There was someone else in the forest, there below her, walking through the trees.
Tag stared. There was never anyone else in the forest, not unless the men were hunting, and she stayed far away from them when they were. She only saw animals out here.
But this was a person, a woman, wearing a cape the same color as the tree trunks. Tag caught a glimpse of her face, enough to be sure she had never seen her before. The woman passed right below Tag and stopped at the edge of the pond.
She raised her hands very slowly, higher, higher, above her head.
Tag was watching the woman, and it took her a moment to notice that the water in the pond was rising too, lifting in a tall column. It rose high enough to touch the lowest overhanging branches, and steadied there. A fish burst out of its side and fell back into the pond with a splash.
Then the column collapsed, and the woman slumped back down. After a moment she straightened up and walked smoothly off, moving out of sight among the trees.
It took Tag only a moment to decide what to do. She scrambled down the tree, and being as quiet as she could, followed the woman.
Just like trailing a deer, she told herself. She knew how to be quiet. The woman had left a trail through the undergrowth, easy to follow, and every once in a while Tag caught a glimpse of her up ahead.
The villagers talked about people who could control water like that, who could make things move without touching them, and brew drinks that made you fly, and change the weather. Witches, the villagers called them, throwing glances at each other, awed or nervous.
Tag had never seen one, until today.
The witch led her into an older patch of trees, tangled oaks and beeches. Tag lost sight of her through a thick patch of brush, and when she had wended her way out, the trail had disappeared.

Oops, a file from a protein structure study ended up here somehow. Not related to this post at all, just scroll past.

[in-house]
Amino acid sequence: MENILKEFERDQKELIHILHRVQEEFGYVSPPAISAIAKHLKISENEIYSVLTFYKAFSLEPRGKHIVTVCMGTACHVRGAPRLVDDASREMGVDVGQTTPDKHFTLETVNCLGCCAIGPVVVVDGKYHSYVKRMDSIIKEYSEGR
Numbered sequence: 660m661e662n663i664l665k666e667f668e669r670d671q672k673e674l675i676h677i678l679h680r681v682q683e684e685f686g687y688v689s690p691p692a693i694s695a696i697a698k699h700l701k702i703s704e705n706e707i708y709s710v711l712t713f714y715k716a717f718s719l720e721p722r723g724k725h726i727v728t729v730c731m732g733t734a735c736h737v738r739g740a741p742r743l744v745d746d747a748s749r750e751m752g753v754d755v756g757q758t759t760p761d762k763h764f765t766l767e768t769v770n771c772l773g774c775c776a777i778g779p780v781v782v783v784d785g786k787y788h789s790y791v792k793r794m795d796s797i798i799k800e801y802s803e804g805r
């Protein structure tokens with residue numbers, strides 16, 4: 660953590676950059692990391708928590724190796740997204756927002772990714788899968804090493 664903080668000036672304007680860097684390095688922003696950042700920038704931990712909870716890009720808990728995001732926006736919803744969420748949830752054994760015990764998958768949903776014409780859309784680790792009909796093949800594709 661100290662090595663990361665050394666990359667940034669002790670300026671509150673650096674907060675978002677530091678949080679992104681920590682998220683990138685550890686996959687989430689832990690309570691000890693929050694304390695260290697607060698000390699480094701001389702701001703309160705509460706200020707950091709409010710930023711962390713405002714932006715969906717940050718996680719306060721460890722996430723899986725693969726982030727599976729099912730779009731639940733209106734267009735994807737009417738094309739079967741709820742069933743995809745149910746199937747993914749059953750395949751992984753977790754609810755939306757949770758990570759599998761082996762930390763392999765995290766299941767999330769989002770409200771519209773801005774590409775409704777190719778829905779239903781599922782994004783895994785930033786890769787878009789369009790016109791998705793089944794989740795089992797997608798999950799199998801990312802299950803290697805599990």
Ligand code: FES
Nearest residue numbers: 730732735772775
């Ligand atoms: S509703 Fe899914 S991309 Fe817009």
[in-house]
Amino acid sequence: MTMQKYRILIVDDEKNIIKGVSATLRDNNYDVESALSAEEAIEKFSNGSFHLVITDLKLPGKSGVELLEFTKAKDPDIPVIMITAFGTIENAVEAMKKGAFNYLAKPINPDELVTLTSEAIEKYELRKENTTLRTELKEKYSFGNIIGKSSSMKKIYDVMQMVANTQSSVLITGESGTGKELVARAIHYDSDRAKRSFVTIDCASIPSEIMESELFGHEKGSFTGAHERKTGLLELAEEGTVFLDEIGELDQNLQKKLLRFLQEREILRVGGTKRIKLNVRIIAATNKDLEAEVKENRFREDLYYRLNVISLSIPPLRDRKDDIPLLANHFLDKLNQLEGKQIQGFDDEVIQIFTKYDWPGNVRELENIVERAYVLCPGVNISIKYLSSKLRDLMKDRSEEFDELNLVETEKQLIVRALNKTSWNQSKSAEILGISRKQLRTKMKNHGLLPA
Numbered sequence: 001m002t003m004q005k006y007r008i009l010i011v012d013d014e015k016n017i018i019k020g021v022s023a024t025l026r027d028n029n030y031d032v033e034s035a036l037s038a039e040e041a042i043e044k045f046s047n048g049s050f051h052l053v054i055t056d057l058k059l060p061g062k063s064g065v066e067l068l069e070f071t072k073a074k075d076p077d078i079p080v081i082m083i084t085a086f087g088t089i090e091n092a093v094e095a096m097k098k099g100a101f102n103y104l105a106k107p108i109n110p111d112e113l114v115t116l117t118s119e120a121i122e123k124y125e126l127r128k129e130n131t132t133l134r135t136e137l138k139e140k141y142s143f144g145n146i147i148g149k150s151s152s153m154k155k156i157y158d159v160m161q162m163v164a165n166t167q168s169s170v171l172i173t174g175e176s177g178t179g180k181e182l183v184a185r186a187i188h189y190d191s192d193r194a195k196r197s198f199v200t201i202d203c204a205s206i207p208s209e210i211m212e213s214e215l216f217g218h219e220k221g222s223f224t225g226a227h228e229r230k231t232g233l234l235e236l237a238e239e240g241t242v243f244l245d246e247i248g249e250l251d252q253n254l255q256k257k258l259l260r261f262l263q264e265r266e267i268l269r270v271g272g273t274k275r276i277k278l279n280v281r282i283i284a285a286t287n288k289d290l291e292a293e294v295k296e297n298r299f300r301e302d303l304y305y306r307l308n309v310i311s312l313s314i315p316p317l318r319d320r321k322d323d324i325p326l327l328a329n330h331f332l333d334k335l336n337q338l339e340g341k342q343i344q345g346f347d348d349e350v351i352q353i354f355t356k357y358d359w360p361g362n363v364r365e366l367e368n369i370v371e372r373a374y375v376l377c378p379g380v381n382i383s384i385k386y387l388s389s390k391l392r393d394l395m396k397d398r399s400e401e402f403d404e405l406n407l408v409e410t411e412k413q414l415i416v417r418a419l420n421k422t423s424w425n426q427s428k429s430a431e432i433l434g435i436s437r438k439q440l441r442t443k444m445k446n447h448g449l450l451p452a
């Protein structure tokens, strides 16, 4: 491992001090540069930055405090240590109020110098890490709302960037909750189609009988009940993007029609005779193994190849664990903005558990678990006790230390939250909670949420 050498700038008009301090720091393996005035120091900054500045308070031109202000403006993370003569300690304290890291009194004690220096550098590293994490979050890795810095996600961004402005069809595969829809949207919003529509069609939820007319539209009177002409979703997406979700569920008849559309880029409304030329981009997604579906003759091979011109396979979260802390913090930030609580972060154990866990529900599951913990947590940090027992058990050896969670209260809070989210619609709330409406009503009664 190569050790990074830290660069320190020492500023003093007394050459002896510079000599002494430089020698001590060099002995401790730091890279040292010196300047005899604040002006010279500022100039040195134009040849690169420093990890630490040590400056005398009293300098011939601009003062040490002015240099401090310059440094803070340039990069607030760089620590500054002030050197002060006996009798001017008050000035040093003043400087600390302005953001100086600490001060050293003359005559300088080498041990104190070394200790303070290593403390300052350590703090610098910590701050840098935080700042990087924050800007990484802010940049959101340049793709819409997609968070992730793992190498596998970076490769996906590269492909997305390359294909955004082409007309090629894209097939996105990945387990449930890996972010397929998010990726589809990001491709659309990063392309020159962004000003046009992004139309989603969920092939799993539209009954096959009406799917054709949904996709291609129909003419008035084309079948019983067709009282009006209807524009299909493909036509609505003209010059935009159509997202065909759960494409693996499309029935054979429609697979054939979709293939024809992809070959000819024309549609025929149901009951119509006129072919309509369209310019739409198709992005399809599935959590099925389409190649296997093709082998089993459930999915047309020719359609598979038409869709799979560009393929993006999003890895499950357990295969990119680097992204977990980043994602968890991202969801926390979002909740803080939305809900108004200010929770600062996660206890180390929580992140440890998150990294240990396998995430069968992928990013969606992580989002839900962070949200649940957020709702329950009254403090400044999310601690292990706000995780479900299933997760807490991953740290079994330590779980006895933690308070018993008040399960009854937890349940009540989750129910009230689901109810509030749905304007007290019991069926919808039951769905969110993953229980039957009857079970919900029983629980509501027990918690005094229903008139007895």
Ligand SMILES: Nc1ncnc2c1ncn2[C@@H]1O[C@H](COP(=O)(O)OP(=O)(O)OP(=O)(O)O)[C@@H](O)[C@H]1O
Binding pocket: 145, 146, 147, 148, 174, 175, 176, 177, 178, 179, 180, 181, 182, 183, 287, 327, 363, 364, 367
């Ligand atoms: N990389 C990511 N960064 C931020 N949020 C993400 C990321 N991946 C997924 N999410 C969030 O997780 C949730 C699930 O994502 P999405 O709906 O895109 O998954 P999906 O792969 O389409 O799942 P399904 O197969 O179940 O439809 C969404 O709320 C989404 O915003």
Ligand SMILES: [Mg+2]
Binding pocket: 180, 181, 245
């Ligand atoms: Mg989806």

She raised her eyes and scanned the forest around her. The witch was nowhere in sight, but the most massive oak tree Tag had ever seen stood proudly before her. Its spreading branches were so layered and thick with leaves that no sunlight touched the ground below. Birds whistled from somewhere overhead.
Tag patted the tree, impressed. She hadn't come here before—she would remember. She stepped back from the trunk and searched again for the witch or any sign of her. There was nothing.
She sighed. She was sorry to lose the witch, but she wouldn't have known what to do if the witch had seen her.
And now she was lost again. She got lost a lot out here. By now, with all the times she had run off to the forest, she felt silly when she forgot to keep track of the direction of home, but she always found her way back. She'd better start back right now, or Mother would be really mad.
First she had to find out which way to go, which meant getting up high. The oak had such thick bark that she could use the cracks and ridges for handholds. Once she reached the first huge branch, the climbing was easier. Up, and step, and grab the next branch, and she clambered onto a branch wide enough that she could walk out on it, far enough to get out from under the leaves, and look out over the forest.
A sea of leaves lay at her feet, shifting and rustling in the wind. Over to her left rose the hills, which meant the village should be—yes, smoke curled over the treetops to her right. She felt like she could walk out on the green sea, but she knew she would fall right through. Instead she turned to climb down.
There was a door in the trunk of the oak tree.
She blinked, and it was gone. She tilted her head from side to side, and there it was again. It reminded her of the spotted shade in the forest, when she'd look, and look, and only see trees, and then she'd glance back one more time and see that a deer had been there the whole time, standing perfectly still, blending in with the forest.
The door wavered like that. The crack around it followed the lines in the bark, wiggling up to a rough arch at about her head height. It looked just like the rest of the knobbly brown bark.
She bounced on the balls of her feet, eager to see what was behind it, nervous that it might be the witch. And she had to get back to the village.
She reached out to the door, brushed it with her fingertips, drew her hand back. She was so curious she could almost taste it. But Mother was waiting.
She spun and hopped down to the next branch, climbed all the way down to the ground before she could change her mind. The thought of the door trailed her all the way through the forest, and by the time she reached the village she was sure that tomorrow, or some day, the next time she could get to the forest, she would go back to the oak tree. And she would open the door.
To be continued...